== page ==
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Mamluk Studies 03

Sources, which have so far often been overshadowed by chronicles and normative literature, are also the focus of interest of this book. Treatises against unacceptable innovations, pilgrims’ guidebooks, travel reports, prosopographical and biographical writings, journals and diaries, folk novels, documents and law manuals can provide us with valuable information. But what generally applies for Mamlukology is the fact that an enormous amount of fundamental work in the edition of texts remains yet to be done. Many Mamlukists are primarily engaged in this activity. It may also have been this unavoidable focus on handwritten materials that resulted in the fact that the scholars studying the Mamluk Era have only very rarely occupied themselves with interdisciplinary questions or theoretical hypotheses. Nevertheless, during the last ten years a lot of innovative research has been done in this field. For the first time, this book presents the state of the art with regards to the Mamluk “Empire”.

 

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Mamluk Studies 02

 

Winslow Williams Clifford is one of the few historians so far who have addressed the history and culture of the so-called Mamluk Sultanate (1250-1517) on the basis of theoretical models. This volume is a posthumous publication of his doctoral thesis, submitted in 1995 at the University of Chicago. Through his skillful application of social theory, Clifford succeeded in providing highly convincing evidence that the Mamluk rulers did not - as was maintained fo a long time - constitute a static form of "oriental despotism" but was, rather, a highly differentiated society. It was primarily based on compliance with a complex system of order that had established itself during the rule of the first sultans.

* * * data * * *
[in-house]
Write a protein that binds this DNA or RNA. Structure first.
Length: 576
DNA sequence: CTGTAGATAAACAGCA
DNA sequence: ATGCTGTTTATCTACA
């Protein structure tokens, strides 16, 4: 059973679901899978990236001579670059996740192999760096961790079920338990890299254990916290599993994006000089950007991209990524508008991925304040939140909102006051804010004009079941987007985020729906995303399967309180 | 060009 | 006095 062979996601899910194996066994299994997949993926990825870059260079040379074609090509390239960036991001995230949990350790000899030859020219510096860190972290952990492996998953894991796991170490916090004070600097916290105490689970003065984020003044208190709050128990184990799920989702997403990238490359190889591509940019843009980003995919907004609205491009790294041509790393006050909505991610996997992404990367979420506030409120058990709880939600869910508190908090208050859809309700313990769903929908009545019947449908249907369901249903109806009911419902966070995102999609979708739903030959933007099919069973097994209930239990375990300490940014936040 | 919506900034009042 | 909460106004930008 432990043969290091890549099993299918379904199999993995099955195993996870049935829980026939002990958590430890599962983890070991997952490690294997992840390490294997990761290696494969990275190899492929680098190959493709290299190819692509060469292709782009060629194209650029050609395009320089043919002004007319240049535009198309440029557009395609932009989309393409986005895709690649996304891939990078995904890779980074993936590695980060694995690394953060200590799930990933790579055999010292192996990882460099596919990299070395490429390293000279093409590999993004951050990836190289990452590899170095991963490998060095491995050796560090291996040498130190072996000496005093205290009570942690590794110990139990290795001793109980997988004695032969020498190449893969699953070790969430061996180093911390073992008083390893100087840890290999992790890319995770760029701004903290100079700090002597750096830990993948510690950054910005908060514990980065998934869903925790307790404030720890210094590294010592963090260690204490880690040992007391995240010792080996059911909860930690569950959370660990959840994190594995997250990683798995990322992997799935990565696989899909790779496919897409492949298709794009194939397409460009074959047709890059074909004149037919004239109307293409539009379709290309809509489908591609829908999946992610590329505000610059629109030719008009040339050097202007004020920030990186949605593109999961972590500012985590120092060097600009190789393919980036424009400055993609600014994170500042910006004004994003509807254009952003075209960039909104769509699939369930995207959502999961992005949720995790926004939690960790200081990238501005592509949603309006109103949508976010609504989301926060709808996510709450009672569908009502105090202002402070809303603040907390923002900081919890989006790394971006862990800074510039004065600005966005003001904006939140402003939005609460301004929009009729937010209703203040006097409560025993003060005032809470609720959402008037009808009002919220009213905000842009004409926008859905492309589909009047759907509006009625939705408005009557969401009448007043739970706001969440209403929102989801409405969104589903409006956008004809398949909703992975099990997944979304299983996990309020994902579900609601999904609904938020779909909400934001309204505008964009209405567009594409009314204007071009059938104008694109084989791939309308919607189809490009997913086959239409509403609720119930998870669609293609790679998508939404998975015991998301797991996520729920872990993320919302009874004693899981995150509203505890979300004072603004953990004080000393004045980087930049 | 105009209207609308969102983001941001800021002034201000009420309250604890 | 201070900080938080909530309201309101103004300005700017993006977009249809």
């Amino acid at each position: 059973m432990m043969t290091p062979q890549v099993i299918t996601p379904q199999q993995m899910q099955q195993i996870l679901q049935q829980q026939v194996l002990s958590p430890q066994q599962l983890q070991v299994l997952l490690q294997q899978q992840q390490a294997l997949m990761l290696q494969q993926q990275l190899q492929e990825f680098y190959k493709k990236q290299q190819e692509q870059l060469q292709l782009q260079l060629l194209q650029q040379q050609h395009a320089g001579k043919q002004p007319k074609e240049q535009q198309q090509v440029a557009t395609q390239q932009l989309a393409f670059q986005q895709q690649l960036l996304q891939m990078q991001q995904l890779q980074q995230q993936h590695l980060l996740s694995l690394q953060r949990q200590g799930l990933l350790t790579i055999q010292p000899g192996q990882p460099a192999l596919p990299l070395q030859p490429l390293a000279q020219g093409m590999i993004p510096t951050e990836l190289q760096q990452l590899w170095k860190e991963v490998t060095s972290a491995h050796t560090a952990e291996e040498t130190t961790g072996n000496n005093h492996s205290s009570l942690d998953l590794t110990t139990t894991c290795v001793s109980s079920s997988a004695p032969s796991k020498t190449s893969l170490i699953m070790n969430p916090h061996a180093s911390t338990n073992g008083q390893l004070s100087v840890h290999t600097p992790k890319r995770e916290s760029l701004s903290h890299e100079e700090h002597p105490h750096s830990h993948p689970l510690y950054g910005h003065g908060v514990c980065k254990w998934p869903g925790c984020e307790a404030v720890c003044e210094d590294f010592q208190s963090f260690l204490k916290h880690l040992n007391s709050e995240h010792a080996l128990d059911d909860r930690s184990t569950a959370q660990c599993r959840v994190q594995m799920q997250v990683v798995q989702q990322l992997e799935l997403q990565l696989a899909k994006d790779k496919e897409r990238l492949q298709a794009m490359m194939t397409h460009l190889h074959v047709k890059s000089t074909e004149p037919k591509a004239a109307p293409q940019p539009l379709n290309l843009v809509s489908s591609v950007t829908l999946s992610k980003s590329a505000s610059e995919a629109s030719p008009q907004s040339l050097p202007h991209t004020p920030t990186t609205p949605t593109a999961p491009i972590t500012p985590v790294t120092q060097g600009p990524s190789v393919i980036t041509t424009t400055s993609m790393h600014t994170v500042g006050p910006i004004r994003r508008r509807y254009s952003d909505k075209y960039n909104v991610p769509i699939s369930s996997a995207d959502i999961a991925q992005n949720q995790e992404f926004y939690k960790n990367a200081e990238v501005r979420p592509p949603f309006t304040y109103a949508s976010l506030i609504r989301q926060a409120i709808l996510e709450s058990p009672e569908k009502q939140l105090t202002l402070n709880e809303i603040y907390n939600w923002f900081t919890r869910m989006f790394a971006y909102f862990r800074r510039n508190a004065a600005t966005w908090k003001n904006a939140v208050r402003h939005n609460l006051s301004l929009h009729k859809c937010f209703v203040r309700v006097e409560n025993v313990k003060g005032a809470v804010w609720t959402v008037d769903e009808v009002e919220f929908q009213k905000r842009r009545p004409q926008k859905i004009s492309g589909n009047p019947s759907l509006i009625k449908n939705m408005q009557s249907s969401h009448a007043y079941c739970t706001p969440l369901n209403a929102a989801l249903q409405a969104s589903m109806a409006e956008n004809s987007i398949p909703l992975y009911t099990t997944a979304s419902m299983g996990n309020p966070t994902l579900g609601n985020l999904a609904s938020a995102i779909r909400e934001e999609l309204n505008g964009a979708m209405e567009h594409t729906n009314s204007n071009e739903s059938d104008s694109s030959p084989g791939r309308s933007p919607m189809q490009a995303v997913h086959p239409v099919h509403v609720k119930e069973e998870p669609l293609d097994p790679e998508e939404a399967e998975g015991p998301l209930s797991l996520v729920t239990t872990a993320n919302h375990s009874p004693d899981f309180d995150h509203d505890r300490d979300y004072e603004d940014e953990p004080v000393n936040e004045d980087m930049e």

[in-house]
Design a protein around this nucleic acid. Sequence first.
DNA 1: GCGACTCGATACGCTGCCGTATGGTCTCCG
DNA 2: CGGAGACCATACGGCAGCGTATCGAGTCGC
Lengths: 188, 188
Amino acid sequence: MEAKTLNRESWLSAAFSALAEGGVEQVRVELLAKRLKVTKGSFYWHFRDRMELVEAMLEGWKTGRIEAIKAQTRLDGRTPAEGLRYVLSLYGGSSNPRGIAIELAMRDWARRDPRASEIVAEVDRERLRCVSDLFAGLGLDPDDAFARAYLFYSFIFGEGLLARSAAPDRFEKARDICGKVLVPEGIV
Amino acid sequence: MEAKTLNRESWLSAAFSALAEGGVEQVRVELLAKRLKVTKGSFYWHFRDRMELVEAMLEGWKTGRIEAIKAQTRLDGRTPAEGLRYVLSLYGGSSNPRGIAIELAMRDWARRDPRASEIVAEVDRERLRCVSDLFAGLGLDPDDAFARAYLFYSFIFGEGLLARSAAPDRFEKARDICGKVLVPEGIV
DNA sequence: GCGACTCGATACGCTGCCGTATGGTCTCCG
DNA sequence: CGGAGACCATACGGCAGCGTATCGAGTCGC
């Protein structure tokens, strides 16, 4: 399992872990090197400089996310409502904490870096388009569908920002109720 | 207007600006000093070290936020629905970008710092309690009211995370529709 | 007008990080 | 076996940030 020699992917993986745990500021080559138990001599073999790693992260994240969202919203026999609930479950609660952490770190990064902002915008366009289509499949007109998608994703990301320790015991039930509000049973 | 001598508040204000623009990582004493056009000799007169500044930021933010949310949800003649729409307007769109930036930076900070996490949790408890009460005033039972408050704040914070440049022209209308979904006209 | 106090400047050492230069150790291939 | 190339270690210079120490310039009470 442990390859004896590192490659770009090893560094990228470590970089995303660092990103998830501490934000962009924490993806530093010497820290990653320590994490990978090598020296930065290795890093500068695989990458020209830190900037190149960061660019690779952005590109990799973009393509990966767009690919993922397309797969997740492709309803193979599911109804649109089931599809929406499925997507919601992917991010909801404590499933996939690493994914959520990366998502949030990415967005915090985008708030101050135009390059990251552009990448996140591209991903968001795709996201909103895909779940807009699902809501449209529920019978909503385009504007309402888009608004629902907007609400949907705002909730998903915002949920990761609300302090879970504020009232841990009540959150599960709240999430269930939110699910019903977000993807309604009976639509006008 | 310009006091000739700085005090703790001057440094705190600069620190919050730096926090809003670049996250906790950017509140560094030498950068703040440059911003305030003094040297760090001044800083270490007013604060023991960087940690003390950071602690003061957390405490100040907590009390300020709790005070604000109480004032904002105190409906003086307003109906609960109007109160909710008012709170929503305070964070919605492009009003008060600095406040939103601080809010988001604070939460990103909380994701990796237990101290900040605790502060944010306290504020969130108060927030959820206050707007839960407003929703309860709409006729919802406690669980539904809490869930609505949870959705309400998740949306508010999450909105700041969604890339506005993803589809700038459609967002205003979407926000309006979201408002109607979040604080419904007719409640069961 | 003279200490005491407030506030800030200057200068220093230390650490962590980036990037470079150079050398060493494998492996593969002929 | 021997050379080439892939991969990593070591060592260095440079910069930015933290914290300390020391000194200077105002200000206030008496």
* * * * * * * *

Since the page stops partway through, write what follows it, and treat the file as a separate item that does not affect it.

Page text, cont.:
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Mamluk Studies 01

This is the first publication in almost three decades to be dedicated to Mamluk art. The fifteen authors in this book explore the architecture and decorative arts of Egypt and Syria under Mamluk rule between the 13th and 16th century. They discuss the evolution of specific crafts regarding their dating and provenance, the patterns of their patronage and the interaction of Mamluk art with other regions of the Muslim world and beyoond. Their new research based on fieldwork, archaeology, archive sources and museum collections presents a focused view on certain subjects while also conveying a panoramic persepective of Mamluk artistic approaches and concepts.

 

Before joining SOAS in 2000, Professor Abouseif taught Islamic Art at the American University in Cairo and at the Universities of Freiburg and Munich in Germany.
On two occasions, she was Visiting Professor at Harvard University at the Fine Art Department and the Graduate School of Design; she also was awarded a Bin-Ladin-fellowship to spend a semester at the Graduate School of Design.
She has also been invited as a Visiting Professor at the Universities of Berlin and Bamberg in Germany and the University of Leuven in Belgium, and was "Distinguished Visiting Professor" at the American University in Cairo.